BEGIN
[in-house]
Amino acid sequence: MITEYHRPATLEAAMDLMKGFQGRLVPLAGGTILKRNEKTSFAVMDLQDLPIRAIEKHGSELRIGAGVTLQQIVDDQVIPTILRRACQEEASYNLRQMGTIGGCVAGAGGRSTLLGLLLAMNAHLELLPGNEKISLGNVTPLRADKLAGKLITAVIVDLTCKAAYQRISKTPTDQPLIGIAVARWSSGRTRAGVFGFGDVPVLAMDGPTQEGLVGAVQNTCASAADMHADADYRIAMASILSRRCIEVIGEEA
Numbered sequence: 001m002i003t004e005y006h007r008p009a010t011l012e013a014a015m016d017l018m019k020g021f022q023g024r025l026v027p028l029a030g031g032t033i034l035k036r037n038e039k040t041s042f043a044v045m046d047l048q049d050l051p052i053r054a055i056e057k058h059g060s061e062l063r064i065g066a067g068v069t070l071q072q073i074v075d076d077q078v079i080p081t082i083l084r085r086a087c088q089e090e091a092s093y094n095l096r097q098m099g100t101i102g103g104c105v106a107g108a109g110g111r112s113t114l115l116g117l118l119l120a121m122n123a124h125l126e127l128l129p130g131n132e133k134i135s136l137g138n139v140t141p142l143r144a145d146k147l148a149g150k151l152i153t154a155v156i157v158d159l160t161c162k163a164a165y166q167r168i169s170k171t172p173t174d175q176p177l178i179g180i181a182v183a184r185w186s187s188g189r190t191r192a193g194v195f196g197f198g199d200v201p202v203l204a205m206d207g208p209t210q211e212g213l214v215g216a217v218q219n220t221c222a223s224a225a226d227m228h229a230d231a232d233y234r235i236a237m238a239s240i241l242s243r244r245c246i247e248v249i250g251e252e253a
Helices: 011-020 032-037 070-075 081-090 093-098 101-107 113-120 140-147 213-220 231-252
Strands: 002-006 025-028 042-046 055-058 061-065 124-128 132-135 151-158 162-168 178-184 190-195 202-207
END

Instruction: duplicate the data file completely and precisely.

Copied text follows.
[in-house]
Amino acid sequence: MITEYHRPATLEAAMDLMKGFQGRLVPLAGGTILKRNEKTSFAVMDLQDLPIRAIEKHGSELRIGAGVTLQQIVDDQVIPTILRRACQEEASYNLRQMGTIGGCVAGAGGRSTLLGLLLAMNAHLELLPGNEKISLGNVTPLRADKLAGKLITAVIVDLTCKAAYQRISKTPTDQPLIGIAVARWSSGRTRAGVFGFGDVPVLAMDGPTQEGLVGAVQNTCASAADMHADADYRIAMASILSRRCIEVIGEEA
Numbered sequence: 001m002i003t004e005y006h007r008p009a010t011l012e013a014a015m016d017l018m019k020g021f022q023g024r025l026v027p028l029a030g031g032t033i034l035k036r037n038e039k040t041s042f043a044v045m046d047l048q049d050l051p052i053r054a055i056e057k058h059g060s061e062l063r064i065g066a067g068v069t070l071q072q073i074v075d076d077q078v079i080p081t082i083l084r085r086a087c088q089e090e091a092s093y094n095l096r097q098m099g100t101i102g103g104c105v106a107g108a109g110g111r112s113t114l115l116g117l118l119l120a121m122n123a124h125l126e127l128l129p130g131n132e133k134i135s136l137g138n139v140t141p142l143r144a145d146k147l148a149g150k151l152i153t154a155v156i157v158d159l160t161c162k163a164a165y166q167r168i169s170k171t172p173t174d175q176p177l178i179g180i181a182v183a184r185w186s187s188g189r190t191r192a193g194v195f196g197f198g199d200v201p202v203l204a205m206d207g208p209t210q211e212g213l214v215g216a217v218q219n220t221c222a223s224a225a226d227m228h229a230d231a232d233y234r235i236a237m238a239s240i241l242s243r244r245c246i247e248v249i250g251e252e253a
Helices: 011-020 032-037 070-075 081-090 093-098 101-107 113-120 140-147 213-220 231-252
Strands: 002-006 025-028 042-046 055-058 061-065 124-128 132-135 151-158 162-168 178-184 190-195 202-207